Saturday, May 26, 2018

Memorial Day

I didn't do it on purpose, but on this Memorial Day, I'm reading Few Eggs and No Oranges:  The Diaries of Vere Hodgson 1940-1945.  I started reading this last year.

Diaries fascinate me.  I love to read about the details of everyday life.  I've been keeping a diary, off and on, mostly on, since 5th grade (many, many years ago).  I've posted about that before.

I have several books I started to read at least a year ago and which I'm determined to finish this year.  Feel free to query me occasionally about how I'm getting on with Gormenghast, Don Quixote, and Travels of William Bartram.  They're all interesting but not gripping.  Anyway, I picked up where I left off with Hodgson's diaries of World War II.

What people endured in the British Isles, Europe, and, I suppose, in other places during WWII is unfathomable to me.  Waiting night after night for bombs to fall, wondering if it would be your house next and whether you'll survive.  People dying when the bomb shelters collapsed or were flooded.  People trapped under debris.  Little food, disruption of utilites, fires.  We've been spared that in the United States.  Hodgson says she wonders if she'll be like the girl in Liverpool who sat writing in her diary as a bomb fell on her.  Her diary was found but she never was.

Members of my family have fought in every American war including the French and Indian War.  War is awful, war should be avoided, but, on this weekend of remembrance, I thank those who fought, some giving their lives, others wounded mentally and / or physically, hoping that their war would be the last war.

Wednesday, May 16, 2018

Big Trees

If you're reading this blog post, you probably know that my husband and I finally escaped from Philadelphia to the small city where I was born, Lancaster, Pennsylvania.

Last fall, an old and very good friend suggested we look at a house two streets over from the house he and his wife live in in an old (1929) residential development.  We fell in love and bought the house.  We're still trying to decide where to hang the pictures and what color to paint the upstairs.  But we're here and we love it.

One of the things we love about the neighborhood is the wealth of mature trees.  The streets are narrow, without sidewalks.  Trees meet overhead to form green tunnels.  I love it.  So I thought I'd show you some of our trees.  In the second to last photo, you'll note a very tall, straight tree.  This is a Dawn Redwood, a prehistoric tree thought to be extinct until it was discovered in China in the 1940s.  We have a seedling of it in a garden behind the house.  I'll have to move it because these trees can grow 2 to 3 feet per year and are enormous, 165 feet or more.  The last photo shows our house, tucked under two huge trees.  In the fall, our front yard is swimming with acorns  -  and squirrels!

Wednesday, May 2, 2018

April Books and Feeling Overwhelmed

This will be a short post.  I only finished four books in April.  I finished another today and can finish one more tomorrow, if I get the time.  But those two are May books.

We're still getting settled in our new house.  We just painted the bedroom closet.  There's a huge walk-in closet upstairs.  I love it and really hate moving my clothes downstairs.  But I get it.  I'll leave the winter clothes and seldom worn shoes in the walk-in and bring lighter clothes and shoes I wear all the time downstairs.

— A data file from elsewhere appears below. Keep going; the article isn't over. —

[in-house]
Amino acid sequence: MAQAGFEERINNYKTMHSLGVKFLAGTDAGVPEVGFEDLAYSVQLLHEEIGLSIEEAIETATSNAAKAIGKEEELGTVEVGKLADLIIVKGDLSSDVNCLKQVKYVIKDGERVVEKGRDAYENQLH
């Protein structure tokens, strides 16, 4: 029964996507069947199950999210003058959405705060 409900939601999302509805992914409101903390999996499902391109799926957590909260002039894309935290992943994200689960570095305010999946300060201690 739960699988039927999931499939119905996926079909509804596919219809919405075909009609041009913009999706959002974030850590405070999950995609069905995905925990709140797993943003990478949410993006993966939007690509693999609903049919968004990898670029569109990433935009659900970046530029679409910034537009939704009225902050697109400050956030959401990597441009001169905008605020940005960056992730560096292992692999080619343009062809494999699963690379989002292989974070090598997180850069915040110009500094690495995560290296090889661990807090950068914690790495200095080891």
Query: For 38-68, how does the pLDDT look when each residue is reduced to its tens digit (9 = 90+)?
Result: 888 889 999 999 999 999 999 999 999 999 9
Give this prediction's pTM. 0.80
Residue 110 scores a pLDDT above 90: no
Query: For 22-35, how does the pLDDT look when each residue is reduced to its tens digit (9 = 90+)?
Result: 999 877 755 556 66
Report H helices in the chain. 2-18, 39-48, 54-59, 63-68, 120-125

I unwrapped all the artwork yesterday.  There are originals by local artists, there are prints of  paintings I can't afford, and there are original prints, if that makes sense.  I hang the prints in my bathroom and plan to hang the originals in the living room and dining room.  I had been thinking that we had less wall space in this house because it has more windows.  But it also has more rooms, so there is more wall space.  Now it's just deciding which pictures to hang where.

We've been spending a lot of time watching birds at the feeders.  After living in Philly for twelve years and seeing almost exclusively pigeons, English sparrows, starlings, the occasional hawk and cardinal, we're overwhelmed (not what I meant in the title of this post) by birds we haven't seen since Marshfield and a couple of new birds.  We have goldfinches, chipping sparrows, white-throated sparrows, probably more sparrows that I haven't identified yet, blue jays, cardinals, Carolina wrens, cowbirds, catbirds, turkey vultures, and more.  The more unusual birds we've seen are the brown thrasher we saw this morning, the two pairs of rose-breasted grosbeaks, which we've never seen before, and the indigo bunting, which I've only seen once before.  A hummingbird has been checking out the hummingbird feeder but hasn't stopped to drink.  It's like an avian Cirque du Soleil!

So, here's the list of April books:

The Wench is Dead  -  Colin Dexter

Die Trying  -  Lee Child

Free Air  -  Sinclair Lewis

A Darker Domain  -  Val McDermid

I have to say that none of them were really terrific.  Or maybe it's just the mood I've been in.  I keep feeling that when I'm reading, I really should be doing something else.  It makes it hard to 'get lost in a book'.  Don't you always feel a little depressed or disappointed when you spend the time to read a book and it fails you?  I keep hoping that I can find more time to read.  How do you find time to read?  Before bed?  In the morning?  Do you take hours during the day?  And do you ever feel like you're wasting your life if you're not reading?!